My values are antithetical to many of the people who I have defended in the Criminal Court, Immigration Court, and Civil Practice It is not my duty to judge people--in time we will all be Judged--- but to assure that people are effectively represented as supported by the United States Constitution and New Jersey State Constitution. I represent all people.
In New Jersey if you can afford a trial you put your future in the hands of a jury and judge. You are "guaranteed a fair trial but not a perfect trial." (Justice Rhenquist). Judges and lawyers do their best to obtain a fair and impartial jury, but there is no guarantee. I recently tried a case where amazingly the juror after the trial verdict was so bold as to put her real name in the comment section of the online Star Ledger Article, stating that she was a juror and opine regarding jury deliberations, and other issues first in the Star Ledger and later on her public Facebook page. If I recall correctly the juror mentioned the movie "12 Angry Men" explaining jury functions on her facebook page. Sometimes in a trial and case what the client does not see or hear is more important than what they do.
I personally do not want juries to operate like the movie "12 Angry men", but the above juror may have something. The movie is good.
A trial lawyer must be more than a lawyer he must understand juries, and that takes time and practice. The client should hire a jury specialist who investigates jurors and are expert in weeding out jurors with predisposed views, inclined to disregard jury instructions, or worst of all want to be on juries because they have an ax to grind. Part of the reason trials take so long is that case law over the years has put in many procedural safeguards that should be followed in selecting juries. The effective representation of the client is the only thing that should matter to the Defense lawyer.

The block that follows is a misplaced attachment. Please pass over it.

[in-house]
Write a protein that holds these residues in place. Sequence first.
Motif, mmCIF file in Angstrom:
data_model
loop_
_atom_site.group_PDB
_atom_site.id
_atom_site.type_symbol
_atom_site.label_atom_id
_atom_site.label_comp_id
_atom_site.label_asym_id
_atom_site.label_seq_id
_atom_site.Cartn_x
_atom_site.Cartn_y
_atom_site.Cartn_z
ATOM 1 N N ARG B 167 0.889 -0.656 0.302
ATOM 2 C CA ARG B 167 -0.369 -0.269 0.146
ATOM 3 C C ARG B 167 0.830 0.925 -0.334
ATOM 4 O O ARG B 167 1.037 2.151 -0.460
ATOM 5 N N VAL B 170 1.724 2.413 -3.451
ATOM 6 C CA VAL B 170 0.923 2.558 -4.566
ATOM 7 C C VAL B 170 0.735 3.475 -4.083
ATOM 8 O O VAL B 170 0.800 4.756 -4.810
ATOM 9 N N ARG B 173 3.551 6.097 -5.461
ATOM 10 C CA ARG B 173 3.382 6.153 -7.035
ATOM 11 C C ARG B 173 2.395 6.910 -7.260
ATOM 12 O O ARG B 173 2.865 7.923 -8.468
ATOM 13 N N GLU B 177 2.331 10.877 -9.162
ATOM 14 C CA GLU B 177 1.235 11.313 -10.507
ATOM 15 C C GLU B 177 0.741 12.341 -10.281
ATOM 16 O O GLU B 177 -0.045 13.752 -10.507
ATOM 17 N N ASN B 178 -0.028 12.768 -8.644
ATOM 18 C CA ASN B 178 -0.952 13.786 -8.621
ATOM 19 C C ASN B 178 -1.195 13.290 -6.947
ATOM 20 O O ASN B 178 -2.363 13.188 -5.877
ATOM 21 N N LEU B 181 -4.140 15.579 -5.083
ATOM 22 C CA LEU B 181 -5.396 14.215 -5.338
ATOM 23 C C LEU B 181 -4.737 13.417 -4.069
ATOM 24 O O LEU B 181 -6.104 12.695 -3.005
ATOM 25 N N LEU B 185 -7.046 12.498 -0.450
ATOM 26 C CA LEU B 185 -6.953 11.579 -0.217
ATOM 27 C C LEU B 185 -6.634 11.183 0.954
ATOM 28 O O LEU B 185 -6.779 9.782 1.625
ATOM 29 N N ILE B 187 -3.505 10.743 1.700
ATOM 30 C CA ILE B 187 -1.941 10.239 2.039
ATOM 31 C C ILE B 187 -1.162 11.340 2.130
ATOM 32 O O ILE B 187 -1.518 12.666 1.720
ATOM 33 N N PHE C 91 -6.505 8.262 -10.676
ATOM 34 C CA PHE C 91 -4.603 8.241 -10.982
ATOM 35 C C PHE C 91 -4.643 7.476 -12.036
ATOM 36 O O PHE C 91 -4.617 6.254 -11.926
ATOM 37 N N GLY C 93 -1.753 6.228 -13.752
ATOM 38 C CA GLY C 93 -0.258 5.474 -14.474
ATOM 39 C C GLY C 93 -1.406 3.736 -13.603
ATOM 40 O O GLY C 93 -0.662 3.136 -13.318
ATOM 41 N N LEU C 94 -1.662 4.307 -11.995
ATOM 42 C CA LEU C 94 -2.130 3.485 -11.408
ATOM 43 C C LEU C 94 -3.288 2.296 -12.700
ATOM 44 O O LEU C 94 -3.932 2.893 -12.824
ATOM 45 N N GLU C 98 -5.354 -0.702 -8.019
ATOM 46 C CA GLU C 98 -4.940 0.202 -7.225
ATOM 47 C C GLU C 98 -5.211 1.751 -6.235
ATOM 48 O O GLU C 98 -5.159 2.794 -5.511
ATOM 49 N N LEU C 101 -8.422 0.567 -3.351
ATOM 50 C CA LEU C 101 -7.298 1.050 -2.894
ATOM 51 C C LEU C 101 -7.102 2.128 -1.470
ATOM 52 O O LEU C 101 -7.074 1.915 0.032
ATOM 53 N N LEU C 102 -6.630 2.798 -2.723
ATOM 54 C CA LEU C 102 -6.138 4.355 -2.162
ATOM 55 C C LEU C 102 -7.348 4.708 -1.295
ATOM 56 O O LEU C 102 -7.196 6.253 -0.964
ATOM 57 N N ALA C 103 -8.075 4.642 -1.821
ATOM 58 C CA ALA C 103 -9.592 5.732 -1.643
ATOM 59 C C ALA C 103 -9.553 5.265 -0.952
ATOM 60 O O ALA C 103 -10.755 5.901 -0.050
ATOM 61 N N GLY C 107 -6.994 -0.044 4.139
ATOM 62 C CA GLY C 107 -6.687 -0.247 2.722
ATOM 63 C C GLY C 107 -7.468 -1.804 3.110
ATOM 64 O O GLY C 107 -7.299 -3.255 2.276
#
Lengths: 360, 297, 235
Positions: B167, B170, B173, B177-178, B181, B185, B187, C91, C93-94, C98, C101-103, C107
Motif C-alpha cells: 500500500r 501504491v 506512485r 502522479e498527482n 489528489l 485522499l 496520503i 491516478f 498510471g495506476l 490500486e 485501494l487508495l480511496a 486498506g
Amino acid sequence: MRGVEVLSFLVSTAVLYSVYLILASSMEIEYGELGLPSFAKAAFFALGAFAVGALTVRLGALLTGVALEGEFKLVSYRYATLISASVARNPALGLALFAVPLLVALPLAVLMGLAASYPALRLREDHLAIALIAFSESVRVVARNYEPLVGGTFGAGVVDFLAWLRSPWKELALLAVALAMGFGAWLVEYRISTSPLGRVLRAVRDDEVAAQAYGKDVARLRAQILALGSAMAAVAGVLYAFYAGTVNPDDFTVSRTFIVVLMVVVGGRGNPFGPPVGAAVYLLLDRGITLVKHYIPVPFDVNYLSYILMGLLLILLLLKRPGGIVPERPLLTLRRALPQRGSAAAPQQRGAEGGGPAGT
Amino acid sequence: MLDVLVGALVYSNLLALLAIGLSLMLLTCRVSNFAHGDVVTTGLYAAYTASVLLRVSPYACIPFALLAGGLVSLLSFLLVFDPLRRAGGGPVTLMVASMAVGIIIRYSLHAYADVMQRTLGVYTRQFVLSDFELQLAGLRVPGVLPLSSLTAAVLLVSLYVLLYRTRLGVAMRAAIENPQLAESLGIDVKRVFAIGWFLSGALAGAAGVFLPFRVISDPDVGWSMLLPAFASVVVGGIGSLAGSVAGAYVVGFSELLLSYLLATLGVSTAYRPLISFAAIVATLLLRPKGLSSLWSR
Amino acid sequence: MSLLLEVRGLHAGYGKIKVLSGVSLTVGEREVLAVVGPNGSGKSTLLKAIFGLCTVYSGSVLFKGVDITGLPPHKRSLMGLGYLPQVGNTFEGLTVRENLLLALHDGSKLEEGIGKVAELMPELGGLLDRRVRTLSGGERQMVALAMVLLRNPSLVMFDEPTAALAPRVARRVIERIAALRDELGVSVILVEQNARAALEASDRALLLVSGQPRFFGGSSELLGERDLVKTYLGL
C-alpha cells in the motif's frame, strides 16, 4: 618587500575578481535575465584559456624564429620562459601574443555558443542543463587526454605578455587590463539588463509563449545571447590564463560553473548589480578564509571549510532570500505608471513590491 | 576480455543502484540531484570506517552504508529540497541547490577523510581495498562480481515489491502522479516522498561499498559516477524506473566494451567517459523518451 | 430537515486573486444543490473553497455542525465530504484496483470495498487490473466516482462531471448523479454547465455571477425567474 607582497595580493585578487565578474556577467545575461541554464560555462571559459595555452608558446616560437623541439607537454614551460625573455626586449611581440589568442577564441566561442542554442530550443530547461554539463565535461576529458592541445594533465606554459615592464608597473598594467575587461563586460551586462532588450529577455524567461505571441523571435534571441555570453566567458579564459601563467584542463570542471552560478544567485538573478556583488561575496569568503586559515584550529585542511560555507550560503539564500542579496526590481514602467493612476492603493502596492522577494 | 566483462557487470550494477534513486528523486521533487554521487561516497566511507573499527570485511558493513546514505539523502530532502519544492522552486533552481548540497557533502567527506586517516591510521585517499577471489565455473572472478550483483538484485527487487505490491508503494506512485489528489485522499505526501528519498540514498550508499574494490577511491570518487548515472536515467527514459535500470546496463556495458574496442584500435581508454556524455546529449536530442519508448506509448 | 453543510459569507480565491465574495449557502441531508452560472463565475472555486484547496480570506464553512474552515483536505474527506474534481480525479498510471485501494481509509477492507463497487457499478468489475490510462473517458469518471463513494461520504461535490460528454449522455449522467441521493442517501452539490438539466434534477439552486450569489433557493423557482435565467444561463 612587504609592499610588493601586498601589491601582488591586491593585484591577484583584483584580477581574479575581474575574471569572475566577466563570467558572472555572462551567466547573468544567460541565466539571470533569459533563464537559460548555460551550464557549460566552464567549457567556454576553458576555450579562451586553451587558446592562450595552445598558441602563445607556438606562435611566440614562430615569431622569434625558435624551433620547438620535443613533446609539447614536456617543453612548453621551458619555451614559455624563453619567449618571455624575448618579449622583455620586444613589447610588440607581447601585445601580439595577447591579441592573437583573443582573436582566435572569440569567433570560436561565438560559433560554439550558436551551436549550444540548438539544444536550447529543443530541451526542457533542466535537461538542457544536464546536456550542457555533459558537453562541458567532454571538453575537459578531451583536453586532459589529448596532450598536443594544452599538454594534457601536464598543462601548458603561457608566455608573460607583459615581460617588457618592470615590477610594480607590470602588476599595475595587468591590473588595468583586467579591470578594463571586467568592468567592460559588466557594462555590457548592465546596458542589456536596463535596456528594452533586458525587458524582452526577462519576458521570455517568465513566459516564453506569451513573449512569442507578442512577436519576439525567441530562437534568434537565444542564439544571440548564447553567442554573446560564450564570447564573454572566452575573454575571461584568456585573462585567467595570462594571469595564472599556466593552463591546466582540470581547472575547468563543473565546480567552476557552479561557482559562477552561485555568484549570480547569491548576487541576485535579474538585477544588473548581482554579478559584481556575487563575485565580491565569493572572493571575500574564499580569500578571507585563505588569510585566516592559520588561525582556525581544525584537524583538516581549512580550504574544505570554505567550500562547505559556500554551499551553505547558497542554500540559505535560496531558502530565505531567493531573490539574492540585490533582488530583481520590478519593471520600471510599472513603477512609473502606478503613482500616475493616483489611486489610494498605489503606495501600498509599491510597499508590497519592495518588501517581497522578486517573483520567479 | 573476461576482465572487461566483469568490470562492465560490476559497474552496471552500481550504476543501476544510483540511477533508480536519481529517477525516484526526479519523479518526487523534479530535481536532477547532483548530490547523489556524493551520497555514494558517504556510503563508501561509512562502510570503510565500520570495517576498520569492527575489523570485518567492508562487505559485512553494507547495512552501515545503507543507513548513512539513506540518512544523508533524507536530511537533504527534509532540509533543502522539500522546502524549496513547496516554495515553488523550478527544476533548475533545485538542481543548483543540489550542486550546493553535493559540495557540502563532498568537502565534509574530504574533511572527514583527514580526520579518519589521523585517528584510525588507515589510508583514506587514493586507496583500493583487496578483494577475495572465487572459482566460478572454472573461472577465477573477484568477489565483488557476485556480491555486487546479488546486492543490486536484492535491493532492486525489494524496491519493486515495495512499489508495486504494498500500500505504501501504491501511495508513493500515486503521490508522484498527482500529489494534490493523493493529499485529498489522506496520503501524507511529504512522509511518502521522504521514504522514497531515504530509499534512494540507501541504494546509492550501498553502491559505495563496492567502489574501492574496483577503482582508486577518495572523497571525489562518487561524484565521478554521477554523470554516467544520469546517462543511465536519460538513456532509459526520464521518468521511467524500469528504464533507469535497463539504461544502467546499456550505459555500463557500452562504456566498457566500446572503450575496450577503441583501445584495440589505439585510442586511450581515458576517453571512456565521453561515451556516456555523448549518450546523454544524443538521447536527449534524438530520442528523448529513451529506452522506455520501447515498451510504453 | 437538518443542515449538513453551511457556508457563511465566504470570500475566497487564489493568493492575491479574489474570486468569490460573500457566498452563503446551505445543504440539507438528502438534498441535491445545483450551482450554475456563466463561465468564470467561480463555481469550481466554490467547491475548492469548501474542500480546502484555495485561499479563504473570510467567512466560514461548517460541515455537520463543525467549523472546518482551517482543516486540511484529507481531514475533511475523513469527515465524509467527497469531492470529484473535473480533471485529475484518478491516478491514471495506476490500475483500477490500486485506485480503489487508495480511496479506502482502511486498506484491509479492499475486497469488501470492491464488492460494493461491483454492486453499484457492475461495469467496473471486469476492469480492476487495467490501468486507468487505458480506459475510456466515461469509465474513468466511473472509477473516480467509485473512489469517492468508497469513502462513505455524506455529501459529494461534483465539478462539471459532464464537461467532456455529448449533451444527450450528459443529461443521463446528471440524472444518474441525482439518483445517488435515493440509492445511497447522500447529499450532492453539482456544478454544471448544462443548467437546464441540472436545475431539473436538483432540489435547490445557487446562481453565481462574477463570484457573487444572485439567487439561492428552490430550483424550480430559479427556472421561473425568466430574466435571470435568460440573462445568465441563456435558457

The ethics laws are evolving regarding how much investigation an Attorney is required to investigate a sitting or prospective juror. However, 17 states currently have incorporated into their ethical rules a general duty of technology competence, which arguably concerns conducting Internet research of prospective and sitting juries. New Jersey Law Journal "Could Failing to Google Potential Jurors Land You in Trouble?" (May 23, 2016)
Technology has in many cases outpaced the malefactor's intellectual ability to commit crimes without consequences. Fortunately, technology has also exonerated some wrongfully convicted people..
Quote of the Day:
"The things that hath been, it is that which shall be; and that which is done is that which shall be done: and there is no new thing under the sun."
"To educate a man in mind and not in morals is to educate a menace to society."
"The problem basically is theological and involves a spiritual recrudescence and improvement of human character. . . .It must be of the Spirit if we are to save the Flesh.
General Douglas MacArthur
"Everything should be made as simple as possible, but not simpler."
"SDG" Soli Deo Gloria
Johann Sebastian Bach
Call me. I give free consultations for most criminal law matters and personal injury cases, but I charge a fee for most Immigration and Appeals consultations.